Wells Fargo Shareholders Move for Class Certification in Consent Order Compliance Lawsuit

The lead plaintiffs in securities litigation involving Wells Fargo & Company filed a motion for class certification on Monday in the Southern District of New York. Specifically, the motion seeks class certification, appointment of the lead plaintiffs as class representatives, and appointment of Bernstein Litowitz and Cohen Milstein as class counsel.

The suit alleges that the defendants’ made “misstatements to investors concerning Wells Fargo’s purported compliance with three consent orders that the Bank was required to enter into… to rectify systemic and egregious corporate mismanagement and fraud.” The plaintiffs assert that the deceptive conduct committed by Wells Fargo harmed both them and the class, making class certification the best way to rectify the claims.

Wells Fargo’s alleged misconduct is detailed in the motion for class certification. The bank made representations to the class that they were complying with their obligations under the aforementioned consent orders and executing the necessary plans. Even though the company told their investors this, the motion asserts that “regulators were privately telling Wells Fargo that the Bank’s compliance plans were so “materially incomplete” and “insufficient” that the regulators could not even review them.” Throughout 2019 and 2020, the true information behind the Bank’s compliance failures came to light and led to significant declines in the stock price for Wells Fargo.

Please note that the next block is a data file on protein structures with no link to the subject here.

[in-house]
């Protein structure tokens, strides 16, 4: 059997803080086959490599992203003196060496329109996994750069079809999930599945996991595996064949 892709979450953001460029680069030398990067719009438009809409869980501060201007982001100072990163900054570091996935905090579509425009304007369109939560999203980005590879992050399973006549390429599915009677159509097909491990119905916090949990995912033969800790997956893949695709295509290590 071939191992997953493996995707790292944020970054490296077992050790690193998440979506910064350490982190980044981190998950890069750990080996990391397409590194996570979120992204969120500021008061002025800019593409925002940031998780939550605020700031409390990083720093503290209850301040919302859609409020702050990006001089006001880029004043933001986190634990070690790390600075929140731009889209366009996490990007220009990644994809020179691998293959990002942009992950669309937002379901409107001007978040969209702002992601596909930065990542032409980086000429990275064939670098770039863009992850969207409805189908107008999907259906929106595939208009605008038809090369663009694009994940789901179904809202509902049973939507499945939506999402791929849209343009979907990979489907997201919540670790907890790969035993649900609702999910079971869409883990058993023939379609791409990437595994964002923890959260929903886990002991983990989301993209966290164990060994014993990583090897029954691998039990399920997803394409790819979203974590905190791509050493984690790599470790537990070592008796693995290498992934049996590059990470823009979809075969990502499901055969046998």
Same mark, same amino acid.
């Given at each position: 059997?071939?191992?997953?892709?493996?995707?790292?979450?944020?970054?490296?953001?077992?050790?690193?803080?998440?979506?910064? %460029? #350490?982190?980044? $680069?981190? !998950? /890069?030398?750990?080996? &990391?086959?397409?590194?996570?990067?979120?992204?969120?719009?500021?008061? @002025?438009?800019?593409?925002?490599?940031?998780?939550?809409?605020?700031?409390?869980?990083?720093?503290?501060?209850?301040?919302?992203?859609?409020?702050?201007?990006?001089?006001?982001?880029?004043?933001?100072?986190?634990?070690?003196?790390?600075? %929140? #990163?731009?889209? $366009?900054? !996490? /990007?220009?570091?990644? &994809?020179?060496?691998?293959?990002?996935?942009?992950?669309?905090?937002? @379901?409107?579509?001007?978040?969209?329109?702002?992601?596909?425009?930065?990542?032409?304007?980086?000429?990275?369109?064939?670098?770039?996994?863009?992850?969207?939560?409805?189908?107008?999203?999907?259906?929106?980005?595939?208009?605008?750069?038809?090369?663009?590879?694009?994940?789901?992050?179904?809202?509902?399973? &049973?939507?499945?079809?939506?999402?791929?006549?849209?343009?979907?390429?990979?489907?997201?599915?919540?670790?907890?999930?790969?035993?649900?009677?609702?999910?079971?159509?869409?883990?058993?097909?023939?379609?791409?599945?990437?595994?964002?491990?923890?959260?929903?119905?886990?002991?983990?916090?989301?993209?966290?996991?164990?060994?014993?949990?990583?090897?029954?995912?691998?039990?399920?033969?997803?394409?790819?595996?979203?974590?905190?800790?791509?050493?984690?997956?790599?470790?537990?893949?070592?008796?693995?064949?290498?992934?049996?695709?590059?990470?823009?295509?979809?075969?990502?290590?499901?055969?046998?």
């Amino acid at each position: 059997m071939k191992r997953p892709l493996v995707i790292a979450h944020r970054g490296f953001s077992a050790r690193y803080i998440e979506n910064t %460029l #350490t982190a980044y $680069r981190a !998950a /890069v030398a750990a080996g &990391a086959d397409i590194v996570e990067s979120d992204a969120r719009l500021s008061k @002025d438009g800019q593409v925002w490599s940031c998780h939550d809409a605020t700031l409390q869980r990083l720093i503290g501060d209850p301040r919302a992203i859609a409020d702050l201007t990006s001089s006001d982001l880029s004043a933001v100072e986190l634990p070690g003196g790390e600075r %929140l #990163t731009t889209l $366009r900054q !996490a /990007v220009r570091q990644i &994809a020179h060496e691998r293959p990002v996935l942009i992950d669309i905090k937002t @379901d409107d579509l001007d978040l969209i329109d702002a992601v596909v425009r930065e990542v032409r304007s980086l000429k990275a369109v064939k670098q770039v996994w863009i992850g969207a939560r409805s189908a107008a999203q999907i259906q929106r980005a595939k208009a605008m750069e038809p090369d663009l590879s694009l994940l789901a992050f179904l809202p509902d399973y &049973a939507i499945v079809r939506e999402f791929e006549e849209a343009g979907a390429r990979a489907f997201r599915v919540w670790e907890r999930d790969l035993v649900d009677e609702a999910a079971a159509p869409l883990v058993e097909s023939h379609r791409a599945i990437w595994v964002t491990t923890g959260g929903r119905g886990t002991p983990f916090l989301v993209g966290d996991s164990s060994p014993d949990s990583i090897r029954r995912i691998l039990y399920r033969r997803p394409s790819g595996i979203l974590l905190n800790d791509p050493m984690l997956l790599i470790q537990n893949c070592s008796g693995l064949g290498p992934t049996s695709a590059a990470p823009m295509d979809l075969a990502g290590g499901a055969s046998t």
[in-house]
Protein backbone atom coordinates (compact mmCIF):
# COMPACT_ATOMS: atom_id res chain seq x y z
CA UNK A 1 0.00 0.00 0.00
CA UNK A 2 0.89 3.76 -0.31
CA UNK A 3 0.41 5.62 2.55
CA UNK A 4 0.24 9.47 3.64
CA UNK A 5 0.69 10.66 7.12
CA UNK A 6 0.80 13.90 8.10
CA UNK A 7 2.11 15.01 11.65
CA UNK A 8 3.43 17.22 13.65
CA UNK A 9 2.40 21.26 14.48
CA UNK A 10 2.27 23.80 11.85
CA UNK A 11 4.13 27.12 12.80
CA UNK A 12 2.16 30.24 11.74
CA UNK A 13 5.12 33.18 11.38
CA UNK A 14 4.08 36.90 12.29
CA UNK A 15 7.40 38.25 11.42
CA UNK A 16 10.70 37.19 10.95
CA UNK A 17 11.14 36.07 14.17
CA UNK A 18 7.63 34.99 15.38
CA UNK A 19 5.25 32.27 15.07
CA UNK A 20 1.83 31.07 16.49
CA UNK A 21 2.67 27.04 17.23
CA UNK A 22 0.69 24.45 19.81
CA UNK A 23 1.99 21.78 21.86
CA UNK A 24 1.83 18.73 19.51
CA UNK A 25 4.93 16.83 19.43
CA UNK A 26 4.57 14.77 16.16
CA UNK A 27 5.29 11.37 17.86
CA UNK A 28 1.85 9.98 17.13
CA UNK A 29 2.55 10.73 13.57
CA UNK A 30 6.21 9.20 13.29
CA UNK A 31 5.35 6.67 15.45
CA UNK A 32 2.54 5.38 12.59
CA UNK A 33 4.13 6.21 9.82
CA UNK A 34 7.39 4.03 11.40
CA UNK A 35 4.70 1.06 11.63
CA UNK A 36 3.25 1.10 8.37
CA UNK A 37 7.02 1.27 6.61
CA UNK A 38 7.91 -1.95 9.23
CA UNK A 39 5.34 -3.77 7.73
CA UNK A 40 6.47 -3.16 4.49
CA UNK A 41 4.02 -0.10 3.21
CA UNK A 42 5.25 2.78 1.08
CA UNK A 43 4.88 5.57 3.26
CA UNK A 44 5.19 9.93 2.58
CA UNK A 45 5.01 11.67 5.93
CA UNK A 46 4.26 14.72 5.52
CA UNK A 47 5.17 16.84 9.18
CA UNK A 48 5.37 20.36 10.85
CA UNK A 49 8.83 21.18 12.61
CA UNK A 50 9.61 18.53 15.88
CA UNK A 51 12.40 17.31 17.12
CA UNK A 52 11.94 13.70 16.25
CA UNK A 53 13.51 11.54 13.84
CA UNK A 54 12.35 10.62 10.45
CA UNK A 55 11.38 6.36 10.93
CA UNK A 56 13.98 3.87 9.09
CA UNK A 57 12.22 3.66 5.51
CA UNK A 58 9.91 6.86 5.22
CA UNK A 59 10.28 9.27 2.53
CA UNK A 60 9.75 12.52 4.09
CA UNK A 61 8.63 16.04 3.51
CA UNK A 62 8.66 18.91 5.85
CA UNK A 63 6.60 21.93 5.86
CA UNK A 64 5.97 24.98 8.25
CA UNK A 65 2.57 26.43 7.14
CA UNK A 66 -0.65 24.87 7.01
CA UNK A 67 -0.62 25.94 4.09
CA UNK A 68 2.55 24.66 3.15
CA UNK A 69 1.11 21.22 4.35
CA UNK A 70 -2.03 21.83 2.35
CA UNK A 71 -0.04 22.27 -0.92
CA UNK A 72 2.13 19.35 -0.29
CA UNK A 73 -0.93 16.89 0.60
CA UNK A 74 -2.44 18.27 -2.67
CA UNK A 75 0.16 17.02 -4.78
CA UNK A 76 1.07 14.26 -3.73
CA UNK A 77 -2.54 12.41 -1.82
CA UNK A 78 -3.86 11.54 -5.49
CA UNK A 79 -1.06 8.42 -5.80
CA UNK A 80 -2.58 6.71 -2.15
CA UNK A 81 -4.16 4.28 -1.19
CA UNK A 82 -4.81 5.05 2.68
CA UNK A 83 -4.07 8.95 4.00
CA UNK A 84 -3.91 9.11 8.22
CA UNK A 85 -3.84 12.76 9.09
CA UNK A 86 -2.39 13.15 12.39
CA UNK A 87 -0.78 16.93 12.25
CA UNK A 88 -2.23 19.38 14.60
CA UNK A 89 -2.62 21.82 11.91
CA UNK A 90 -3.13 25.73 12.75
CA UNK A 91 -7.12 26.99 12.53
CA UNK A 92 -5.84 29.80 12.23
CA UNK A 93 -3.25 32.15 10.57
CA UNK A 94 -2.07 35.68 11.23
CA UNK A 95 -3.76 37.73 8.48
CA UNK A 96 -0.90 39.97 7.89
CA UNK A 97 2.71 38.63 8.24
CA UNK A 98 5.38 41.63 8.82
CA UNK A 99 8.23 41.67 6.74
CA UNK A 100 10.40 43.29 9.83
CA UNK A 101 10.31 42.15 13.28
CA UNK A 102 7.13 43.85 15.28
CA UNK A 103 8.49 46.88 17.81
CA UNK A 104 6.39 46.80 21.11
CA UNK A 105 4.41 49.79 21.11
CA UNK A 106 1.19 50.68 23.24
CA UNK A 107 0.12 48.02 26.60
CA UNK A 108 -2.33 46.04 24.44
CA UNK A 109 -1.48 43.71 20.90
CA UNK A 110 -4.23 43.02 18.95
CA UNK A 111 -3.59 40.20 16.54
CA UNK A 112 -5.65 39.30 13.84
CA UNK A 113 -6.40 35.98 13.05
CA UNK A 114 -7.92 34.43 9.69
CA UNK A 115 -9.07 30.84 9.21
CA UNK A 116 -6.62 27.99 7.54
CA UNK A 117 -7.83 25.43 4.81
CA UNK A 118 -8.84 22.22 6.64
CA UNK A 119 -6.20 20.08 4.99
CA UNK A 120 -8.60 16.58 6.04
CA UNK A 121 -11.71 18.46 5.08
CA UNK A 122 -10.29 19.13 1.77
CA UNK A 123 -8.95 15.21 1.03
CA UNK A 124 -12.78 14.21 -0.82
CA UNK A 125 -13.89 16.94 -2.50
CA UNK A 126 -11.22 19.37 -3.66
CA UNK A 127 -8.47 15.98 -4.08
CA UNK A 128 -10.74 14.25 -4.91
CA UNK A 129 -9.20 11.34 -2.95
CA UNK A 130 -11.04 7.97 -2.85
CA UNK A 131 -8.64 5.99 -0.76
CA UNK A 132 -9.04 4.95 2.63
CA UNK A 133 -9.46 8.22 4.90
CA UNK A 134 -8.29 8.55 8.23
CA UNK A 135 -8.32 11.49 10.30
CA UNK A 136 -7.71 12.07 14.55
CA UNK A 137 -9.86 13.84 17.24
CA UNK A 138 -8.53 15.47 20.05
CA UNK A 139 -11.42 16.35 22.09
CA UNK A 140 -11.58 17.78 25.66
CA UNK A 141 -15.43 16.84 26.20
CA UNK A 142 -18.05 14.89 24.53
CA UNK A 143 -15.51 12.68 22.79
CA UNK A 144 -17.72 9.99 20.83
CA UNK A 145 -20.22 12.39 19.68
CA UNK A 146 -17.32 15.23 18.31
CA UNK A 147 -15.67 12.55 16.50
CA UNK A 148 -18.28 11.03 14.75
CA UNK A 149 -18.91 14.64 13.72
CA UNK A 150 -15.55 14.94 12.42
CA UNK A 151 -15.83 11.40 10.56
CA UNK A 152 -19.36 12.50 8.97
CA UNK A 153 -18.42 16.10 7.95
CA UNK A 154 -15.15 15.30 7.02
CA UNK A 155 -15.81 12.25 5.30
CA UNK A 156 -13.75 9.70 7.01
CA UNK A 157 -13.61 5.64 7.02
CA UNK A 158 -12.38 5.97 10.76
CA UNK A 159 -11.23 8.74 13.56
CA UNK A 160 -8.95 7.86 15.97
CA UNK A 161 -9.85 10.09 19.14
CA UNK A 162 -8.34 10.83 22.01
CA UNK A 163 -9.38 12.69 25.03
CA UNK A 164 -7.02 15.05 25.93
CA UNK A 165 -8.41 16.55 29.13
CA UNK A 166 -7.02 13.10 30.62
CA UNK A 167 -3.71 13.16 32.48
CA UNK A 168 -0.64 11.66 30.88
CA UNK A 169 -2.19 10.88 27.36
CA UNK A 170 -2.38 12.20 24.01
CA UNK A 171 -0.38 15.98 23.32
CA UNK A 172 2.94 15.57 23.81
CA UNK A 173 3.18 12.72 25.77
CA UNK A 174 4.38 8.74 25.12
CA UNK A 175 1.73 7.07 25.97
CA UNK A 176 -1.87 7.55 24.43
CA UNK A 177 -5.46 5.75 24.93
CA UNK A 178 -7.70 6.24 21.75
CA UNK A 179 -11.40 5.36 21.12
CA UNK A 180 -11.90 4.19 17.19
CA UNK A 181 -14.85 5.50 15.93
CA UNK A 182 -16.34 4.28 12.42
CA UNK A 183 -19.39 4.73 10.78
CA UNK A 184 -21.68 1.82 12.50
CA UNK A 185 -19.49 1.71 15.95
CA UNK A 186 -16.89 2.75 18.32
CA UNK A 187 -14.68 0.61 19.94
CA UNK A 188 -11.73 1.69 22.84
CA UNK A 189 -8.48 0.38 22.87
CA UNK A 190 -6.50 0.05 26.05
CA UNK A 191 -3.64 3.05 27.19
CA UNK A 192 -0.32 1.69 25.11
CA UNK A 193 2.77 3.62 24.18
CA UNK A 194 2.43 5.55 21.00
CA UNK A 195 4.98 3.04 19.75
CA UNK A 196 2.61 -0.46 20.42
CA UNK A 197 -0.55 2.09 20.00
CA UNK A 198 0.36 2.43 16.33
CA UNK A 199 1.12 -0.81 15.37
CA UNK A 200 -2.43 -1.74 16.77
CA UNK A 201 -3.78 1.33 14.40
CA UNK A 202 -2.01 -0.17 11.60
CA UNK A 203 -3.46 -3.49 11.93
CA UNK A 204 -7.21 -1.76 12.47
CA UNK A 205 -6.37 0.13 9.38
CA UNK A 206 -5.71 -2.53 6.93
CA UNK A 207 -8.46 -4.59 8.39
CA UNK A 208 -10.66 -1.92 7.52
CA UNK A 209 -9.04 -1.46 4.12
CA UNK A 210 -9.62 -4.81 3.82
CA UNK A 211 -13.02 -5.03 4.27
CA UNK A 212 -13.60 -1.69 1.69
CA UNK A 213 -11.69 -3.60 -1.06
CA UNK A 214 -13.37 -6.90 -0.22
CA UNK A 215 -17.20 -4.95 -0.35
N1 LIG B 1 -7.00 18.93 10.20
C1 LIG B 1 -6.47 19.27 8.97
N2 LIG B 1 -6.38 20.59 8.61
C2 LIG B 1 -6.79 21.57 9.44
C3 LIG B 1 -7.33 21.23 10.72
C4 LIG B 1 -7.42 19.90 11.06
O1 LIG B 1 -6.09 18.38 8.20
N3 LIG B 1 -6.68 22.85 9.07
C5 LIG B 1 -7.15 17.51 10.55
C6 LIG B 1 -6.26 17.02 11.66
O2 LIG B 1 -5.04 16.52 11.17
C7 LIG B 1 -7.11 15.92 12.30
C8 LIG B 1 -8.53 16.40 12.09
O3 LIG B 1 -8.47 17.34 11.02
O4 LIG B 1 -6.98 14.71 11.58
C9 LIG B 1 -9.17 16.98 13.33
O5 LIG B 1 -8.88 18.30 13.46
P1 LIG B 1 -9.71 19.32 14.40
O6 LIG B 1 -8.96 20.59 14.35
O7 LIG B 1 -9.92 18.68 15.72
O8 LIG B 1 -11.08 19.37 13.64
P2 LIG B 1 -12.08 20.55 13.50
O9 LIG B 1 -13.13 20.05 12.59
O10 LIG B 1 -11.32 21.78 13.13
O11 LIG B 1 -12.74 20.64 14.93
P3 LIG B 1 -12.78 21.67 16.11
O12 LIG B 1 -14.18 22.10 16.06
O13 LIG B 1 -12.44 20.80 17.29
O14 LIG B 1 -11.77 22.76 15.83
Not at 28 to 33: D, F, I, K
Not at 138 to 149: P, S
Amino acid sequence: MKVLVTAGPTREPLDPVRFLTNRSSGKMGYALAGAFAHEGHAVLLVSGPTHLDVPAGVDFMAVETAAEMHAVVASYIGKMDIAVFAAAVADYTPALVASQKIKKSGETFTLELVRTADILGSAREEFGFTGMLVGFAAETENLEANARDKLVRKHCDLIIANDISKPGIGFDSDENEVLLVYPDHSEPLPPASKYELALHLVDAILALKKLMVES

The plaintiffs explain in their motion for class certification that the securities fraud suit is “ideally suited for class certification because it arises from common public misrepresentations and omissions that harmed tens of thousands of investors in a like manner.” The motion further contends that the suit satisfies numerosity and typicality requirements, involves many common issues of law and fact, and more.

The original complaint, filed in 2020 against Wells Fargo, Charles W. Scharf, Timothy J. Sloan, and John R. Shrewsberry, cites two counts for violations of the Exchange Act.

The plaintiffs in the suit are represented by Bernstein Litowitz Berger & Grossmann, Cohen Milstein Sellers & Toll, and Lowey Dannenberg. Wells Fargo and its officers are represented by Sullivan & Cromwell.